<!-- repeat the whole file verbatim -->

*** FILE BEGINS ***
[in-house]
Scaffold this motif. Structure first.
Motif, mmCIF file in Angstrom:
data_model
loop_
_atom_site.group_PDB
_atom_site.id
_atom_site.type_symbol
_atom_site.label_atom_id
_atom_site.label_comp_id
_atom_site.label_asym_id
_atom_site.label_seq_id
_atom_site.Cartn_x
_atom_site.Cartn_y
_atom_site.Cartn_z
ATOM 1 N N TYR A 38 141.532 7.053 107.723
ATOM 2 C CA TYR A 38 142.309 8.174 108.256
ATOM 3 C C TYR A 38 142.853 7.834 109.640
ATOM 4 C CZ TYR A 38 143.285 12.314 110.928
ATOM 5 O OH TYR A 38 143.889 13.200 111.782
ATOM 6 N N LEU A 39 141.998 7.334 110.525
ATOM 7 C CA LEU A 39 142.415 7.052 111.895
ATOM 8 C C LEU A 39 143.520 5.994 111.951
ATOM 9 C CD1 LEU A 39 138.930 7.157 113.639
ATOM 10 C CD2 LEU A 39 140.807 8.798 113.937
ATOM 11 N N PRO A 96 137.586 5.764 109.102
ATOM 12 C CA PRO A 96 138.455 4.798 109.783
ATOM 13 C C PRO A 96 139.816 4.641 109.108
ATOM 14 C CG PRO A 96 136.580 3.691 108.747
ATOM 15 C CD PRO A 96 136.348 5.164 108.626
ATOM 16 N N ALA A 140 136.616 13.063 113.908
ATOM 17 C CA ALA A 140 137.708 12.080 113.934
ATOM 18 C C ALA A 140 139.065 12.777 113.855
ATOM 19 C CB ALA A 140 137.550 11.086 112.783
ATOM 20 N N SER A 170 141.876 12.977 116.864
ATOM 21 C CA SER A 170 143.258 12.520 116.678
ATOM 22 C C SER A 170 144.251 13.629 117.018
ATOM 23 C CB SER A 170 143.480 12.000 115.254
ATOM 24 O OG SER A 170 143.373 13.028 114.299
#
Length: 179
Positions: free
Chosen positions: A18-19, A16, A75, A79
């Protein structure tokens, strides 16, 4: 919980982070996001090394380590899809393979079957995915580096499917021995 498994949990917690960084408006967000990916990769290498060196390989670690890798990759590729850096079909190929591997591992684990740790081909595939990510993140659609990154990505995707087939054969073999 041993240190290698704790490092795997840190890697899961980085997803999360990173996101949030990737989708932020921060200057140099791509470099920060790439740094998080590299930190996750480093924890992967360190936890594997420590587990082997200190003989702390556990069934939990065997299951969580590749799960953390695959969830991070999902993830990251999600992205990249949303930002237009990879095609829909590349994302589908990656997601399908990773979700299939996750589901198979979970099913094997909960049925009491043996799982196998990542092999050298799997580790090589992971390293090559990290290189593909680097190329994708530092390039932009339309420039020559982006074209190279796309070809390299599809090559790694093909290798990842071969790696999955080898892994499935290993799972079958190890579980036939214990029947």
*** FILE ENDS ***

[in-house]
Scaffold this motif. Structure first.
Motif, mmCIF file in Angstrom:
data_model
loop_
_atom_site.group_PDB
_atom_site.id
_atom_site.type_symbol
_atom_site.label_atom_id
_atom_site.label_comp_id
_atom_site.label_asym_id
_atom_site.label_seq_id
_atom_site.Cartn_x
_atom_site.Cartn_y
_atom_site.Cartn_z
ATOM 1 N N TYR A 38 141.532 7.053 107.723
ATOM 2 C CA TYR A 38 142.309 8.174 108.256
ATOM 3 C C TYR A 38 142.853 7.834 109.640
ATOM 4 C CZ TYR A 38 143.285 12.314 110.928
ATOM 5 O OH TYR A 38 143.889 13.200 111.782
ATOM 6 N N LEU A 39 141.998 7.334 110.525
ATOM 7 C CA LEU A 39 142.415 7.052 111.895
ATOM 8 C C LEU A 39 143.520 5.994 111.951
ATOM 9 C CD1 LEU A 39 138.930 7.157 113.639
ATOM 10 C CD2 LEU A 39 140.807 8.798 113.937
ATOM 11 N N PRO A 96 137.586 5.764 109.102
ATOM 12 C CA PRO A 96 138.455 4.798 109.783
ATOM 13 C C PRO A 96 139.816 4.641 109.108
ATOM 14 C CG PRO A 96 136.580 3.691 108.747
ATOM 15 C CD PRO A 96 136.348 5.164 108.626
ATOM 16 N N ALA A 140 136.616 13.063 113.908
ATOM 17 C CA ALA A 140 137.708 12.080 113.934
ATOM 18 C C ALA A 140 139.065 12.777 113.855
ATOM 19 C CB ALA A 140 137.550 11.086 112.783
ATOM 20 N N SER A 170 141.876 12.977 116.864
ATOM 21 C CA SER A 170 143.258 12.520 116.678
ATOM 22 C C SER A 170 144.251 13.629 117.018
ATOM 23 C CB SER A 170 143.480 12.000 115.254
ATOM 24 O OG SER A 170 143.373 13.028 114.299
#
Length: 179
Positions: free
Chosen positions: A18-19, A16, A75, A79
């Protein structure tokens, strides 16, 4: 919980982070996001090394380590899809393979079957995915580096499917021995 498994949990917690960084408006967000990916990769290498060196390989670690890798990759590729850096079909190929591997591992684990740790081909595939990510993140659609990154990505995707087939054969073999 041993240190290698704790490092795997840190890697899961980085997803999360990173996101949030990737989708932020921060200057140099791509470099920060790439740094998080590299930190996750480093924890992967360190936890594997420590587990082997200190003989702390556990069934939990065997299951969580590749799960953390695959969830991070999902993830990251999600992205990249949303930002237009990879095609829909590349994302589908990656997601399908990773979700299939996750589901198979979970099913094997909960049925009491043996799982196998990542092999050298799997580790090589992971390293090559990290290189593909680097190329994708530092390039932009339309420039020559982006074209190279796309070809390299599809090559790694093909290798990842071969790696999955080898892994499935290993799972079958190890579980036939214990029947």